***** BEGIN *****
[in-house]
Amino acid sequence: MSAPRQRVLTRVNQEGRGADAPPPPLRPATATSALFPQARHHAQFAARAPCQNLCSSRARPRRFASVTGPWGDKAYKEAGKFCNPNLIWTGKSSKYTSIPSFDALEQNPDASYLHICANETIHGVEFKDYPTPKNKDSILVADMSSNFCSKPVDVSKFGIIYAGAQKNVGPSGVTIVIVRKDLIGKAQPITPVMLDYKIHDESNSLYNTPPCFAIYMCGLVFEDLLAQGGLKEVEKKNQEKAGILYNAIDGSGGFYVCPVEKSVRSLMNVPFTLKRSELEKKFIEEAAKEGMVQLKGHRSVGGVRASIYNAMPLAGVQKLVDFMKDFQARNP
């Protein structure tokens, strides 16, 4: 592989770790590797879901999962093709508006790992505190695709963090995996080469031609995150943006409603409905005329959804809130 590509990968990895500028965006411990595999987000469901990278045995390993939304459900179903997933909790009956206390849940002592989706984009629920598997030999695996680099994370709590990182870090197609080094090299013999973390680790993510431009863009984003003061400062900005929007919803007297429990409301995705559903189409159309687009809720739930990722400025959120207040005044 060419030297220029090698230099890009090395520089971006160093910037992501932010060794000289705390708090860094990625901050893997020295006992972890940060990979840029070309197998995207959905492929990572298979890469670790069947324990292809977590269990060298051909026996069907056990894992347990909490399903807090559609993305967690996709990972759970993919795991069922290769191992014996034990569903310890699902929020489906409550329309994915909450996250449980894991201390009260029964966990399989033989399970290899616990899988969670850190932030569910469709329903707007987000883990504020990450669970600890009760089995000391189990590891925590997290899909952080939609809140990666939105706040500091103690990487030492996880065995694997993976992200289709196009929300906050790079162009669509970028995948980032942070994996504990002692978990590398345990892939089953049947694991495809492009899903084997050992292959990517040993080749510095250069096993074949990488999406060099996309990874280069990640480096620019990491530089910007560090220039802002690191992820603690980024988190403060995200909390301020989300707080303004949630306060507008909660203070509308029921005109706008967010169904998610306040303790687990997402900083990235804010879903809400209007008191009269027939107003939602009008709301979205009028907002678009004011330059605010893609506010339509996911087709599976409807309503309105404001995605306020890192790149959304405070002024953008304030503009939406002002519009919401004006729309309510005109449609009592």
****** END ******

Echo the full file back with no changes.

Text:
[in-house]
Amino acid sequence: MSAPRQRVLTRVNQEGRGADAPPPPLRPATATSALFPQARHHAQFAARAPCQNLCSSRARPRRFASVTGPWGDKAYKEAGKFCNPNLIWTGKSSKYTSIPSFDALEQNPDASYLHICANETIHGVEFKDYPTPKNKDSILVADMSSNFCSKPVDVSKFGIIYAGAQKNVGPSGVTIVIVRKDLIGKAQPITPVMLDYKIHDESNSLYNTPPCFAIYMCGLVFEDLLAQGGLKEVEKKNQEKAGILYNAIDGSGGFYVCPVEKSVRSLMNVPFTLKRSELEKKFIEEAAKEGMVQLKGHRSVGGVRASIYNAMPLAGVQKLVDFMKDFQARNP
């Protein structure tokens, strides 16, 4: 592989770790590797879901999962093709508006790992505190695709963090995996080469031609995150943006409603409905005329959804809130 590509990968990895500028965006411990595999987000469901990278045995390993939304459900179903997933909790009956206390849940002592989706984009629920598997030999695996680099994370709590990182870090197609080094090299013999973390680790993510431009863009984003003061400062900005929007919803007297429990409301995705559903189409159309687009809720739930990722400025959120207040005044 060419030297220029090698230099890009090395520089971006160093910037992501932010060794000289705390708090860094990625901050893997020295006992972890940060990979840029070309197998995207959905492929990572298979890469670790069947324990292809977590269990060298051909026996069907056990894992347990909490399903807090559609993305967690996709990972759970993919795991069922290769191992014996034990569903310890699902929020489906409550329309994915909450996250449980894991201390009260029964966990399989033989399970290899616990899988969670850190932030569910469709329903707007987000883990504020990450669970600890009760089995000391189990590891925590997290899909952080939609809140990666939105706040500091103690990487030492996880065995694997993976992200289709196009929300906050790079162009669509970028995948980032942070994996504990002692978990590398345990892939089953049947694991495809492009899903084997050992292959990517040993080749510095250069096993074949990488999406060099996309990874280069990640480096620019990491530089910007560090220039802002690191992820603690980024988190403060995200909390301020989300707080303004949630306060507008909660203070509308029921005109706008967010169904998610306040303790687990997402900083990235804010879903809400209007008191009269027939107003939602009008709301979205009028907002678009004011330059605010893609506010339509996911087709599976409807309503309105404001995605306020890192790149959304405070002024953008304030503009939406002002519009919401004006729309309510005109449609009592």